Area legislatures work together to promote higher education

Local legislators have filed several bills that, if passed, will affect what Missouri Southern is called, as well as the programs it can offer.

The university status of South-ern is once again on the drawing boards, and Joplin area members of the General Assembly seem to believe the change is near.

Gary Nodler, state senator for the 32nd District and Southern alumnus, agrees.

“I think that the time has come for that change to occur and the political environment is right here for that to happen,” he said.

Nodler said he believes it’s important for the College to be recognized as a university because of its close proximity to Pittsburg State University.

“I believe it’s critical to the Missouri Higher Education System for Missouri Southern to be positioned to be a successful competitor against that worthy institution,” he said.

“We need to be able to have the same sort of advanced degree offerings that can be obtained there, so we can provide a true university experience for our students.”

One argument against giving Southern the title of university is that it doesn’t offer graduate degrees.

Nodler said right now, the Southern campus hosts students who are seeking master’s degrees from other institutions.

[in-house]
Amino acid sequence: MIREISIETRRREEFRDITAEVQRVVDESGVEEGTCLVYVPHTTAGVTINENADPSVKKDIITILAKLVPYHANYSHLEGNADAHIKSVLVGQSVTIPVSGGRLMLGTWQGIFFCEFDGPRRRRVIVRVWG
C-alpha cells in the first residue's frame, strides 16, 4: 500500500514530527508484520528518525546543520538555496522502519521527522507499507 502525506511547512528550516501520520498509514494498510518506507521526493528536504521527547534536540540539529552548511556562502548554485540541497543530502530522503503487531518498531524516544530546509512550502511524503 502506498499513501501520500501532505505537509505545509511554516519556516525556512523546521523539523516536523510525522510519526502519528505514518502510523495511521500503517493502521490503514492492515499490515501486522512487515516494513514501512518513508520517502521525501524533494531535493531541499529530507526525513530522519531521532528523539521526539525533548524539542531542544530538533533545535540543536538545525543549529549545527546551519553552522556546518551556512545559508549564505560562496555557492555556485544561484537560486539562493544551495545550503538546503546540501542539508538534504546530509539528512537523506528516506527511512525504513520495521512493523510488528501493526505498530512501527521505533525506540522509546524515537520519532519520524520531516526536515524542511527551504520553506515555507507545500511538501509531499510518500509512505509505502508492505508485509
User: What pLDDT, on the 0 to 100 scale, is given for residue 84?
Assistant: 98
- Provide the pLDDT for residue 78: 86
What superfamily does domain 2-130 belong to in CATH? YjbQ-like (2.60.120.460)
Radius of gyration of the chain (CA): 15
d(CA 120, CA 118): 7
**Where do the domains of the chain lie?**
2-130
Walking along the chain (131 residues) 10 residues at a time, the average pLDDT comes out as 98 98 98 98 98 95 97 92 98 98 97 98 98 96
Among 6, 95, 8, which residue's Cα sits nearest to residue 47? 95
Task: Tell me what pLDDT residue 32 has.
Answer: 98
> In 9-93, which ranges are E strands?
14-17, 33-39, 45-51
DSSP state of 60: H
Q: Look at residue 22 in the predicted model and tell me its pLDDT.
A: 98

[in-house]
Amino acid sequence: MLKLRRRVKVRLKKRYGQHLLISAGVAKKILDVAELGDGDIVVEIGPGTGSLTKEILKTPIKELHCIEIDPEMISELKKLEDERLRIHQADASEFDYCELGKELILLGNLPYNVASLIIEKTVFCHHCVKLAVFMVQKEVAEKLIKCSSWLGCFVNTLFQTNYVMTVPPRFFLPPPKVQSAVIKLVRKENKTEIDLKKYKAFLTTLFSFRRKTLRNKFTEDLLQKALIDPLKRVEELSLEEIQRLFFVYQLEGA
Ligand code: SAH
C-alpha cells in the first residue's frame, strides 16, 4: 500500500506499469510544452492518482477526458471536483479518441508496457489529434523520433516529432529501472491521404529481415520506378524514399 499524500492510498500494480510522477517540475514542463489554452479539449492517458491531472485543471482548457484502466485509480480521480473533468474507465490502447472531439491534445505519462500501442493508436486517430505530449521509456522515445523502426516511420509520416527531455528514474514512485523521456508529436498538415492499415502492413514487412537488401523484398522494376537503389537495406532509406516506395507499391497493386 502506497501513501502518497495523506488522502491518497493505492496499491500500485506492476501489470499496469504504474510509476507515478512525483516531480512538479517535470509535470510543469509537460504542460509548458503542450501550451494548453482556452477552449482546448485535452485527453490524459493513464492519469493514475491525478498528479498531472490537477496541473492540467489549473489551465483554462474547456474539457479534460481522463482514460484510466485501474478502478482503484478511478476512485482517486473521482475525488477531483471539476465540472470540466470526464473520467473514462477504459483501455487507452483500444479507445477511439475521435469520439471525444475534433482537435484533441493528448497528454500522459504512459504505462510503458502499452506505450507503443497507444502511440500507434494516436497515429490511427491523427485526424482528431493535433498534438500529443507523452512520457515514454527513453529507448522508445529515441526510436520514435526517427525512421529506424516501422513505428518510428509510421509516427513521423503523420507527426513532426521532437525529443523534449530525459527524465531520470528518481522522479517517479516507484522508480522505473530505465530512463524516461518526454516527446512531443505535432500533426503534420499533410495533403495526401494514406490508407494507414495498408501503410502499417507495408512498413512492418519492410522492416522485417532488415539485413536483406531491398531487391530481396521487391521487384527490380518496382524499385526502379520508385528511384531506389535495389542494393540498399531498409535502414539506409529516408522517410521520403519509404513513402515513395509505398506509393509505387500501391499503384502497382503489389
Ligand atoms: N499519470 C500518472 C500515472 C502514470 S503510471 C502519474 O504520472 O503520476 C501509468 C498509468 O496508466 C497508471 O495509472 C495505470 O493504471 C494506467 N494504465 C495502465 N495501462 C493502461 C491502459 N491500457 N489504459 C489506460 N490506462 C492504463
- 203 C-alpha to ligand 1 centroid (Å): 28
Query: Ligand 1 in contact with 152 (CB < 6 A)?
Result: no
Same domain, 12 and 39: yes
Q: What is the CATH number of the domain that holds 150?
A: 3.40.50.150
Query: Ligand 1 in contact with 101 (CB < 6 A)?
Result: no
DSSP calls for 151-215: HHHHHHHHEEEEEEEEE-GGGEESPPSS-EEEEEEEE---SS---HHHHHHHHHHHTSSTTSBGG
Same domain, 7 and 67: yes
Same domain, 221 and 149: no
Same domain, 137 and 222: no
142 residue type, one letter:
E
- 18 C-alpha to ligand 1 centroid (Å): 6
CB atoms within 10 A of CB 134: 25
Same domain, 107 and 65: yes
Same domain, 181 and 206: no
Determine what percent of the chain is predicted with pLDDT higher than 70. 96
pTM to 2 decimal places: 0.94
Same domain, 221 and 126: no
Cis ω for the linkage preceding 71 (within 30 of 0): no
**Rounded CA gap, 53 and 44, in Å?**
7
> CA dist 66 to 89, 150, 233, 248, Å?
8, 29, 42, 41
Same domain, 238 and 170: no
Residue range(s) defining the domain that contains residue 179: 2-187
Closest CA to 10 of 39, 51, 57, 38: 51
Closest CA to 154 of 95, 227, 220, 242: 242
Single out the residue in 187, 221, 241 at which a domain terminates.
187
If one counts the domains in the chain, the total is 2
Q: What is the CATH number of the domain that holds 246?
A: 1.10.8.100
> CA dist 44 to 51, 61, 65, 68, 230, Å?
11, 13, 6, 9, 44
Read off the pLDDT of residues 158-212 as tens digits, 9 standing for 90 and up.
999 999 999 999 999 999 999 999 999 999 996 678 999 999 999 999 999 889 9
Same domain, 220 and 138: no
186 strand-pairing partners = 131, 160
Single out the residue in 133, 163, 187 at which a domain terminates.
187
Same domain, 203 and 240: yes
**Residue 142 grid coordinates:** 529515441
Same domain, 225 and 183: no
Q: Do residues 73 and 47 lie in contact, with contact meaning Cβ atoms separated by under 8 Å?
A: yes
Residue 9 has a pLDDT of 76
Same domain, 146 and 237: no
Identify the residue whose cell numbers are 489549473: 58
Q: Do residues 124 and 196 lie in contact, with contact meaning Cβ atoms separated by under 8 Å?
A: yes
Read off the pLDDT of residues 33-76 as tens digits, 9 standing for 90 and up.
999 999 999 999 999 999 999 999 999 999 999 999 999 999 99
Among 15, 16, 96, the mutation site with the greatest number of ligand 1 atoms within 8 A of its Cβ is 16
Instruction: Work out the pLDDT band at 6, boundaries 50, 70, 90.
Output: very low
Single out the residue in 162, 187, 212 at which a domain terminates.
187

He and other local legislators are working together to get a bill passed that would “formalize agreements between those institutions which offer advanced degrees and those campuses that host them.”

Nodler said when a master’s degree is issued, it would bear the name of both institutions involved. This would also help in marketing the College, because the Southern catalog would be able to include a list of master’s degrees, which might make the institution more desirable to some students who wish to further their studies.

“Where Missouri Southern staff, faculty and classrooms are being used to provide this education, it’s important for Missouri Southern to also be a part of the diploma granting process,” he said.

“I think it’s a very creative solution because it allows advanced degrees to be offered on campus without additional costs to the state.”

“I am extremely confident we’re going to get it passed this year,” said Bryan P. Stevenson, state representative for the 128th District.

“I am proud to have Missouri Southern sit in my district.”